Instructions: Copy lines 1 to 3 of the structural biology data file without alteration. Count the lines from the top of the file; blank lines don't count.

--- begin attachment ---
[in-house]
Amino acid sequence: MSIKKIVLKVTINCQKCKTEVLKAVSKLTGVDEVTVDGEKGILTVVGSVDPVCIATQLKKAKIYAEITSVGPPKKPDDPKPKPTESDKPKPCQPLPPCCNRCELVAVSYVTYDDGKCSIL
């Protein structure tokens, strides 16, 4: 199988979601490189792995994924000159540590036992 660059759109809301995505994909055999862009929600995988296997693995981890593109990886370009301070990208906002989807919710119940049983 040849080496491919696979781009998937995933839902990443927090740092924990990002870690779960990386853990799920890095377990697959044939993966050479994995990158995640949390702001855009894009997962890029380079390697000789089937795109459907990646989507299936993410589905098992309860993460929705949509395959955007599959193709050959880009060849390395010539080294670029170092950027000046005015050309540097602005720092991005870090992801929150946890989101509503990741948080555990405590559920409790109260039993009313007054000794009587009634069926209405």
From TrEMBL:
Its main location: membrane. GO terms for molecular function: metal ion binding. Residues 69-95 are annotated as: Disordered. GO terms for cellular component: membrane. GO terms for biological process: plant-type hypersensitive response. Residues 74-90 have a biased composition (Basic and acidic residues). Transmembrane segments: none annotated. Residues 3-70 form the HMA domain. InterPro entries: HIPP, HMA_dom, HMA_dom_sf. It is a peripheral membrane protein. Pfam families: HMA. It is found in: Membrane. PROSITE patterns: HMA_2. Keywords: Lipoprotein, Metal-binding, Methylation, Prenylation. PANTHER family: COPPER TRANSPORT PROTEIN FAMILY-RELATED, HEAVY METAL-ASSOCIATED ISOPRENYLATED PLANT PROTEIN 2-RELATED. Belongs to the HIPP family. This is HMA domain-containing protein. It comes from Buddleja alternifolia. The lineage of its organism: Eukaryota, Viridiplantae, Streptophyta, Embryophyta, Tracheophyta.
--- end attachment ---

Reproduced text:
[in-house]
Amino acid sequence: MSIKKIVLKVTINCQKCKTEVLKAVSKLTGVDEVTVDGEKGILTVVGSVDPVCIATQLKKAKIYAEITSVGPPKKPDDPKPKPTESDKPKPCQPLPPCCNRCELVAVSYVTYDDGKCSIL
């Protein structure tokens, strides 16, 4: 199988979601490189792995994924000159540590036992 660059759109809301995505994909055999862009929600995988296997693995981890593109990886370009301070990208906002989807919710119940049983 040849080496491919696979781009998937995933839902990443927090740092924990990002870690779960990386853990799920890095377990697959044939993966050479994995990158995640949390702001855009894009997962890029380079390697000789089937795109459907990646989507299936993410589905098992309860993460929705949509395959955007599959193709050959880009060849390395010539080294670029170092950027000046005015050309540097602005720092991005870090992801929150946890989101509503990741948080555990405590559920409790109260039993009313007054000794009587009634069926209405």